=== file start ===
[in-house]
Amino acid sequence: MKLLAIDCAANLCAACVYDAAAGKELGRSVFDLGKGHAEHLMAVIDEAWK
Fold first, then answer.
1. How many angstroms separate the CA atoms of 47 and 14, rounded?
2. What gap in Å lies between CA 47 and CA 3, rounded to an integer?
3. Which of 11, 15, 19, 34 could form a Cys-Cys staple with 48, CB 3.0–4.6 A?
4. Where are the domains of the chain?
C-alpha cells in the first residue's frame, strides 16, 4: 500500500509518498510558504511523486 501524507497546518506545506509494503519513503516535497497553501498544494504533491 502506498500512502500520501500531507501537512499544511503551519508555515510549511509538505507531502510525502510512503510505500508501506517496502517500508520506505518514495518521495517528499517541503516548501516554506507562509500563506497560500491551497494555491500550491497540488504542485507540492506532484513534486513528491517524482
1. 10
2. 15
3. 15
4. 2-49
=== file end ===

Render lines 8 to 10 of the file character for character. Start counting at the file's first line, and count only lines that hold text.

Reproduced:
C-alpha cells in the first residue's frame, strides 16, 4: 500500500509518498510558504511523486 501524507497546518506545506509494503519513503516535497497553501498544494504533491 502506498500512502500520501500531507501537512499544511503551519508555515510549511509538505507531502510525502510512503510505500508501506517496502517500508520506505518514495518521495517528499517541503516548501516554506507562509500563506497560500491551497494555491500550491497540488504542485507540492506532484513534486513528491517524482
1. 10
2. 15